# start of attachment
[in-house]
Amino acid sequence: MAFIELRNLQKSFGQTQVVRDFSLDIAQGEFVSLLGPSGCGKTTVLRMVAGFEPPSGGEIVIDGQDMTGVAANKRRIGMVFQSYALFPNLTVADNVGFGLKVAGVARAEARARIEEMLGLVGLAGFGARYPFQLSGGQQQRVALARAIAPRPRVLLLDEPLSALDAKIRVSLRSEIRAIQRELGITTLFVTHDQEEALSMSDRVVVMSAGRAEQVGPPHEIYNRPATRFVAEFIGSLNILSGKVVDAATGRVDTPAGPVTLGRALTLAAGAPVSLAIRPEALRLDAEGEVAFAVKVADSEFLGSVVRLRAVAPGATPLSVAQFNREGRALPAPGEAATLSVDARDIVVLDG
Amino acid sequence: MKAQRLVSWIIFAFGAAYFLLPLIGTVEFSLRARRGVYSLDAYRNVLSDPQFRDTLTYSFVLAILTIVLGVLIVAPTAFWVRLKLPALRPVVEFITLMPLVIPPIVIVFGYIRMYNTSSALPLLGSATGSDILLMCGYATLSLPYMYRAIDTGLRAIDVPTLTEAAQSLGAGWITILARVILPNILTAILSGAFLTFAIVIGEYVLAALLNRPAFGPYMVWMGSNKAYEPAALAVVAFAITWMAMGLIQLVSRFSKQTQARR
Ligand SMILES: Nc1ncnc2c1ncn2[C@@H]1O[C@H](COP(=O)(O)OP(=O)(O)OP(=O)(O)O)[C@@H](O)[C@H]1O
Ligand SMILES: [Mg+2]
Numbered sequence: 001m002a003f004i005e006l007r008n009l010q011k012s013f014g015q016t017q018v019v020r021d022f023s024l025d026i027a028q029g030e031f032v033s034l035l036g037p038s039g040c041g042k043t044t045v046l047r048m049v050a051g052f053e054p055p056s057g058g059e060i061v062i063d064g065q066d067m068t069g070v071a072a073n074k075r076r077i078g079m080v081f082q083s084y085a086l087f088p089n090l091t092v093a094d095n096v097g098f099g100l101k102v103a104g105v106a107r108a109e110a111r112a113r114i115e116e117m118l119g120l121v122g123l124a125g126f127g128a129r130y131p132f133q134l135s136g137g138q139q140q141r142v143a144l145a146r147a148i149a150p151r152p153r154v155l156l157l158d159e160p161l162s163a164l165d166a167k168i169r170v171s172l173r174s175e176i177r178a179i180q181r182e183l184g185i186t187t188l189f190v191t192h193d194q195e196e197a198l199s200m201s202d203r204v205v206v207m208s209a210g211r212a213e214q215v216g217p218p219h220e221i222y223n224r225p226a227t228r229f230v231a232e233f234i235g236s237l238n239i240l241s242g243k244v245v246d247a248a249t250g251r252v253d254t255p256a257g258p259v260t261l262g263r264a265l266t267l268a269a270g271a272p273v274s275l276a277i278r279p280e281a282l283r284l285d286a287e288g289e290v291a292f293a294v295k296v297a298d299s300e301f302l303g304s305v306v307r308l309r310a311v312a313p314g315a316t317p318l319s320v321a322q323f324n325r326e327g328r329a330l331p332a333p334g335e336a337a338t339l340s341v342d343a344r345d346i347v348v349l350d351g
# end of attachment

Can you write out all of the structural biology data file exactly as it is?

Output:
[in-house]
Amino acid sequence: MAFIELRNLQKSFGQTQVVRDFSLDIAQGEFVSLLGPSGCGKTTVLRMVAGFEPPSGGEIVIDGQDMTGVAANKRRIGMVFQSYALFPNLTVADNVGFGLKVAGVARAEARARIEEMLGLVGLAGFGARYPFQLSGGQQQRVALARAIAPRPRVLLLDEPLSALDAKIRVSLRSEIRAIQRELGITTLFVTHDQEEALSMSDRVVVMSAGRAEQVGPPHEIYNRPATRFVAEFIGSLNILSGKVVDAATGRVDTPAGPVTLGRALTLAAGAPVSLAIRPEALRLDAEGEVAFAVKVADSEFLGSVVRLRAVAPGATPLSVAQFNREGRALPAPGEAATLSVDARDIVVLDG
Amino acid sequence: MKAQRLVSWIIFAFGAAYFLLPLIGTVEFSLRARRGVYSLDAYRNVLSDPQFRDTLTYSFVLAILTIVLGVLIVAPTAFWVRLKLPALRPVVEFITLMPLVIPPIVIVFGYIRMYNTSSALPLLGSATGSDILLMCGYATLSLPYMYRAIDTGLRAIDVPTLTEAAQSLGAGWITILARVILPNILTAILSGAFLTFAIVIGEYVLAALLNRPAFGPYMVWMGSNKAYEPAALAVVAFAITWMAMGLIQLVSRFSKQTQARR
Ligand SMILES: Nc1ncnc2c1ncn2[C@@H]1O[C@H](COP(=O)(O)OP(=O)(O)OP(=O)(O)O)[C@@H](O)[C@H]1O
Ligand SMILES: [Mg+2]
Numbered sequence: 001m002a003f004i005e006l007r008n009l010q011k012s013f014g015q016t017q018v019v020r021d022f023s024l025d026i027a028q029g030e031f032v033s034l035l036g037p038s039g040c041g042k043t044t045v046l047r048m049v050a051g052f053e054p055p056s057g058g059e060i061v062i063d064g065q066d067m068t069g070v071a072a073n074k075r076r077i078g079m080v081f082q083s084y085a086l087f088p089n090l091t092v093a094d095n096v097g098f099g100l101k102v103a104g105v106a107r108a109e110a111r112a113r114i115e116e117m118l119g120l121v122g123l124a125g126f127g128a129r130y131p132f133q134l135s136g137g138q139q140q141r142v143a144l145a146r147a148i149a150p151r152p153r154v155l156l157l158d159e160p161l162s163a164l165d166a167k168i169r170v171s172l173r174s175e176i177r178a179i180q181r182e183l184g185i186t187t188l189f190v191t192h193d194q195e196e197a198l199s200m201s202d203r204v205v206v207m208s209a210g211r212a213e214q215v216g217p218p219h220e221i222y223n224r225p226a227t228r229f230v231a232e233f234i235g236s237l238n239i240l241s242g243k244v245v246d247a248a249t250g251r252v253d254t255p256a257g258p259v260t261l262g263r264a265l266t267l268a269a270g271a272p273v274s275l276a277i278r279p280e281a282l283r284l285d286a287e288g289e290v291a292f293a294v295k296v297a298d299s300e301f302l303g304s305v306v307r308l309r310a311v312a313p314g315a316t317p318l319s320v321a322q323f324n325r326e327g328r329a330l331p332a333p334g335e336a337a338t339l340s341v342d343a344r345d346i347v348v349l350d351g